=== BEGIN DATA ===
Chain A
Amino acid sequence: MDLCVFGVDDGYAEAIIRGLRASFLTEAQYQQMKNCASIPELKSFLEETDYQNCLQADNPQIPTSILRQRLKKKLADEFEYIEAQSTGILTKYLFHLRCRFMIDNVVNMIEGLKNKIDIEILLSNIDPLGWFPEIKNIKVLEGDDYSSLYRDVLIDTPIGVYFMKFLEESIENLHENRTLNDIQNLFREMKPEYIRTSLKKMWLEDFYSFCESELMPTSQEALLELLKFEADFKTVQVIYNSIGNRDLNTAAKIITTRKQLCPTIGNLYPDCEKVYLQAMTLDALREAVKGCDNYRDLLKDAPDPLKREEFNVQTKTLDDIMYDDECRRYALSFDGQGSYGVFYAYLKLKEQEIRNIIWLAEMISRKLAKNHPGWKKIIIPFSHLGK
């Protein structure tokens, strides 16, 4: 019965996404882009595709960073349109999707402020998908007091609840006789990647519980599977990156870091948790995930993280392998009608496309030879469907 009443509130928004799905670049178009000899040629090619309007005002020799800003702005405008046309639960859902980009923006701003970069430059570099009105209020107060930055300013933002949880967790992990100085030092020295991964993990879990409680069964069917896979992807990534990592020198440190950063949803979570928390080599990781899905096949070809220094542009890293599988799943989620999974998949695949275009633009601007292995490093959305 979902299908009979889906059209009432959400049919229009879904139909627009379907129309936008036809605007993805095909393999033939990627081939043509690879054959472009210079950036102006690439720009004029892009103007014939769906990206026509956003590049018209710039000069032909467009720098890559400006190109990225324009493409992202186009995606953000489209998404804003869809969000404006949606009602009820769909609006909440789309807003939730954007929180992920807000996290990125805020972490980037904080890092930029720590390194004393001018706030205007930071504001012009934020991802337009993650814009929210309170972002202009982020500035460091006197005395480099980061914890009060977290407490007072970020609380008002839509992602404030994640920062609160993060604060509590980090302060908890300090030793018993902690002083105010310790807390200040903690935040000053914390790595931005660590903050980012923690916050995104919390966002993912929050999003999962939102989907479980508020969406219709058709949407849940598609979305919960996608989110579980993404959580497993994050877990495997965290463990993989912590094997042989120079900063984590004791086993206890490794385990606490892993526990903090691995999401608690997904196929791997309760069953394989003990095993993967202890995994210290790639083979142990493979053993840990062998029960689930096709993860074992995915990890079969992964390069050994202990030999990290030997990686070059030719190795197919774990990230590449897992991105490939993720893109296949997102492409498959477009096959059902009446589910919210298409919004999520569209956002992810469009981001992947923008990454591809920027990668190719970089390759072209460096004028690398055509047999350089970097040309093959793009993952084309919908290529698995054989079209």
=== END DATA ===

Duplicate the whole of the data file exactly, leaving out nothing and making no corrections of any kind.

Chain A
Amino acid sequence: MDLCVFGVDDGYAEAIIRGLRASFLTEAQYQQMKNCASIPELKSFLEETDYQNCLQADNPQIPTSILRQRLKKKLADEFEYIEAQSTGILTKYLFHLRCRFMIDNVVNMIEGLKNKIDIEILLSNIDPLGWFPEIKNIKVLEGDDYSSLYRDVLIDTPIGVYFMKFLEESIENLHENRTLNDIQNLFREMKPEYIRTSLKKMWLEDFYSFCESELMPTSQEALLELLKFEADFKTVQVIYNSIGNRDLNTAAKIITTRKQLCPTIGNLYPDCEKVYLQAMTLDALREAVKGCDNYRDLLKDAPDPLKREEFNVQTKTLDDIMYDDECRRYALSFDGQGSYGVFYAYLKLKEQEIRNIIWLAEMISRKLAKNHPGWKKIIIPFSHLGK
């Protein structure tokens, strides 16, 4: 019965996404882009595709960073349109999707402020998908007091609840006789990647519980599977990156870091948790995930993280392998009608496309030879469907 009443509130928004799905670049178009000899040629090619309007005002020799800003702005405008046309639960859902980009923006701003970069430059570099009105209020107060930055300013933002949880967790992990100085030092020295991964993990879990409680069964069917896979992807990534990592020198440190950063949803979570928390080599990781899905096949070809220094542009890293599988799943989620999974998949695949275009633009601007292995490093959305 979902299908009979889906059209009432959400049919229009879904139909627009379907129309936008036809605007993805095909393999033939990627081939043509690879054959472009210079950036102006690439720009004029892009103007014939769906990206026509956003590049018209710039000069032909467009720098890559400006190109990225324009493409992202186009995606953000489209998404804003869809969000404006949606009602009820769909609006909440789309807003939730954007929180992920807000996290990125805020972490980037904080890092930029720590390194004393001018706030205007930071504001012009934020991802337009993650814009929210309170972002202009982020500035460091006197005395480099980061914890009060977290407490007072970020609380008002839509992602404030994640920062609160993060604060509590980090302060908890300090030793018993902690002083105010310790807390200040903690935040000053914390790595931005660590903050980012923690916050995104919390966002993912929050999003999962939102989907479980508020969406219709058709949407849940598609979305919960996608989110579980993404959580497993994050877990495997965290463990993989912590094997042989120079900063984590004791086993206890490794385990606490892993526990903090691995999401608690997904196929791997309760069953394989003990095993993967202890995994210290790639083979142990493979053993840990062998029960689930096709993860074992995915990890079969992964390069050994202990030999990290030997990686070059030719190795197919774990990230590449897992991105490939993720893109296949997102492409498959477009096959059902009446589910919210298409919004999520569209956002992810469009981001992947923008990454591809920027990668190719970089390759072209460096004028690398055509047999350089970097040309093959793009993952084309919908290529698995054989079209």